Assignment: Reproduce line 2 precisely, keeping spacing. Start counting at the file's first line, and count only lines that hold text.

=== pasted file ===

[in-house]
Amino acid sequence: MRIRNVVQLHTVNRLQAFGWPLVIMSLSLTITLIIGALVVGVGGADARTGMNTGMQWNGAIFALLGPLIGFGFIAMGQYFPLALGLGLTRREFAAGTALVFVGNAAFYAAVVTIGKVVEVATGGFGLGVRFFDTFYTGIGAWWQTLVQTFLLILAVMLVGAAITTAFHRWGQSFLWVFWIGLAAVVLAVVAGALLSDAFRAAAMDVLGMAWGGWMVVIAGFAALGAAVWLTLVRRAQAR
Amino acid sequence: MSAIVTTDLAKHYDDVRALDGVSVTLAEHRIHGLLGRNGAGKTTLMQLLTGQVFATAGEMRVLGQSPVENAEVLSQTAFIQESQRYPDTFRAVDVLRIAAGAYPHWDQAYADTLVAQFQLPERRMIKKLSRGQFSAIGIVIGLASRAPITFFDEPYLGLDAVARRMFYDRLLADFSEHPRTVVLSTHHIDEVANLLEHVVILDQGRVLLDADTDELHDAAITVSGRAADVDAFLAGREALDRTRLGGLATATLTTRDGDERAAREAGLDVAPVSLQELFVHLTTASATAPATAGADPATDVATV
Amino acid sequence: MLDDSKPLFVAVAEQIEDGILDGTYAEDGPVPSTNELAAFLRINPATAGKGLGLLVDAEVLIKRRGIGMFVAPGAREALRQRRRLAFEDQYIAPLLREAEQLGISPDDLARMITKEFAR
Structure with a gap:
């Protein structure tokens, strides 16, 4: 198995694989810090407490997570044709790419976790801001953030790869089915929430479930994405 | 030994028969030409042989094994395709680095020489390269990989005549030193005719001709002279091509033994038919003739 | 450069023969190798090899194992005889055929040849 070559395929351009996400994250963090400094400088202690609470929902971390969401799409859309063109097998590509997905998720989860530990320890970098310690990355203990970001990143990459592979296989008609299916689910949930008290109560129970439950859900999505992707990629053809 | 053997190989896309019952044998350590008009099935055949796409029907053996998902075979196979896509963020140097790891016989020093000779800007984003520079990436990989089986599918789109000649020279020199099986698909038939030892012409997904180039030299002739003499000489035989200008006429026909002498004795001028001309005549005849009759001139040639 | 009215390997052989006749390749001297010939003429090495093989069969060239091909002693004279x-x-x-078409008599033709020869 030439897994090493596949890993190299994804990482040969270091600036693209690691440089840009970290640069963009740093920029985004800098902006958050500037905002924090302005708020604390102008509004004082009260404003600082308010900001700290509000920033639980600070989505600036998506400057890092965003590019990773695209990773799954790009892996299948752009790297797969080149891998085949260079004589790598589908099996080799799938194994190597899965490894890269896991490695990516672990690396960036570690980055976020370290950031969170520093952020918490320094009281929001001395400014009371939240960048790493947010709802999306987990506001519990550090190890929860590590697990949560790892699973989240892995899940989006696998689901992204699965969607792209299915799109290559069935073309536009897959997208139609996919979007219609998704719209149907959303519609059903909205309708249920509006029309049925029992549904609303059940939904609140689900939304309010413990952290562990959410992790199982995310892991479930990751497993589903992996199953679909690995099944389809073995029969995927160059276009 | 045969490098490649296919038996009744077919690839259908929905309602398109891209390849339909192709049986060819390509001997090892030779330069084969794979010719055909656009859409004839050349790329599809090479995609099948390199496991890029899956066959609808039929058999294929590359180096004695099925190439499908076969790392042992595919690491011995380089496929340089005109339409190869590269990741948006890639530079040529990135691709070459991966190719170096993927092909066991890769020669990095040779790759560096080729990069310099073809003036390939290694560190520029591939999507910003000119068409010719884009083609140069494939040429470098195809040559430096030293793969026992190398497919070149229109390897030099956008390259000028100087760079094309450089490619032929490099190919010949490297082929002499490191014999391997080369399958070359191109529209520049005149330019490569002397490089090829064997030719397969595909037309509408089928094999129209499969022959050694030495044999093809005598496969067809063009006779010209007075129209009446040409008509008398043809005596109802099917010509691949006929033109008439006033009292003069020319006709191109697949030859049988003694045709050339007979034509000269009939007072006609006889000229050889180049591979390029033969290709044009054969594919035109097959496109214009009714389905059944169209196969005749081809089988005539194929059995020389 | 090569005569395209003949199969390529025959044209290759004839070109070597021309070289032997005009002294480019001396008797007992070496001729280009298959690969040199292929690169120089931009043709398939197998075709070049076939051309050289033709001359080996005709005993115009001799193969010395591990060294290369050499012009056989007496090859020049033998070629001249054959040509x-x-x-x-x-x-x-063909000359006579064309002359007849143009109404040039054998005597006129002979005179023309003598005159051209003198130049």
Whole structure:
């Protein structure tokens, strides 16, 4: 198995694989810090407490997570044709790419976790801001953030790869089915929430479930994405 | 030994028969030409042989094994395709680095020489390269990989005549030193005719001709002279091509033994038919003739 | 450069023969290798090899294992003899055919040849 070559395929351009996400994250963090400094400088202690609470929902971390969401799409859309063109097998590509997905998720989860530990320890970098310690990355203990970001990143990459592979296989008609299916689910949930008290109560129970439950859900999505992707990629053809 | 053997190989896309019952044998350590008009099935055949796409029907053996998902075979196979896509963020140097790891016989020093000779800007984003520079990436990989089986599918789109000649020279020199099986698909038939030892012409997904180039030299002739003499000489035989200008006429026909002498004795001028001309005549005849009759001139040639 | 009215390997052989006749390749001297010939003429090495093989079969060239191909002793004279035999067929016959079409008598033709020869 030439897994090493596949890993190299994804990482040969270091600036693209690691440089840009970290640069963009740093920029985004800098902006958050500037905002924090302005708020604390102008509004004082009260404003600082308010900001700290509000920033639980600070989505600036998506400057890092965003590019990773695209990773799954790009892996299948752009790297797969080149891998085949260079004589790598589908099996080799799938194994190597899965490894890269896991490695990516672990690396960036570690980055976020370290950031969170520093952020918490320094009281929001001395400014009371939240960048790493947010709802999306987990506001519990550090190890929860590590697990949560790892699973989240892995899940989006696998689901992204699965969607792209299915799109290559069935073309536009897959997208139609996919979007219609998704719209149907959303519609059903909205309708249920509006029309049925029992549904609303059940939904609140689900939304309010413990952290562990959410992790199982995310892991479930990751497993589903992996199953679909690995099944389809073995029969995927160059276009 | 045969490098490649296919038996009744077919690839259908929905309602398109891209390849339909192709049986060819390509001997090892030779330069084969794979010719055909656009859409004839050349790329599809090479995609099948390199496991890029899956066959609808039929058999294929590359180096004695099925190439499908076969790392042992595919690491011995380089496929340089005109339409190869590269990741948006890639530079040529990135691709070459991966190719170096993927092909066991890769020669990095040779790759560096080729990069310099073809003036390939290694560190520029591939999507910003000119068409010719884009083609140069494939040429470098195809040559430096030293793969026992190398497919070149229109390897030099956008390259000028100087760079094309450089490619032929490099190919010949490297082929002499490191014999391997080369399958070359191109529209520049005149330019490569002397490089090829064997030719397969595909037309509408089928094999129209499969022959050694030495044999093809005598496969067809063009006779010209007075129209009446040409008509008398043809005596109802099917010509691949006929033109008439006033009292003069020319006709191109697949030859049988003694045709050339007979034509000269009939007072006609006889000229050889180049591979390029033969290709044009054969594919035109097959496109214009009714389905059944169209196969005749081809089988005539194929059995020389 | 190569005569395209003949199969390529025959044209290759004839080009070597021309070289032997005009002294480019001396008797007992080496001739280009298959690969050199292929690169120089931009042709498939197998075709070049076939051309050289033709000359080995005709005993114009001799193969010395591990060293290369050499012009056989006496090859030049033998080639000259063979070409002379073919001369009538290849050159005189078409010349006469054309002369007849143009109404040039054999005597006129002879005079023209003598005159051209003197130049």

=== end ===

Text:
Amino acid sequence: MRIRNVVQLHTVNRLQAFGWPLVIMSLSLTITLIIGALVVGVGGADARTGMNTGMQWNGAIFALLGPLIGFGFIAMGQYFPLALGLGLTRREFAAGTALVFVGNAAFYAAVVTIGKVVEVATGGFGLGVRFFDTFYTGIGAWWQTLVQTFLLILAVMLVGAAITTAFHRWGQSFLWVFWIGLAAVVLAVVAGALLSDAFRAAAMDVLGMAWGGWMVVIAGFAALGAAVWLTLVRRAQAR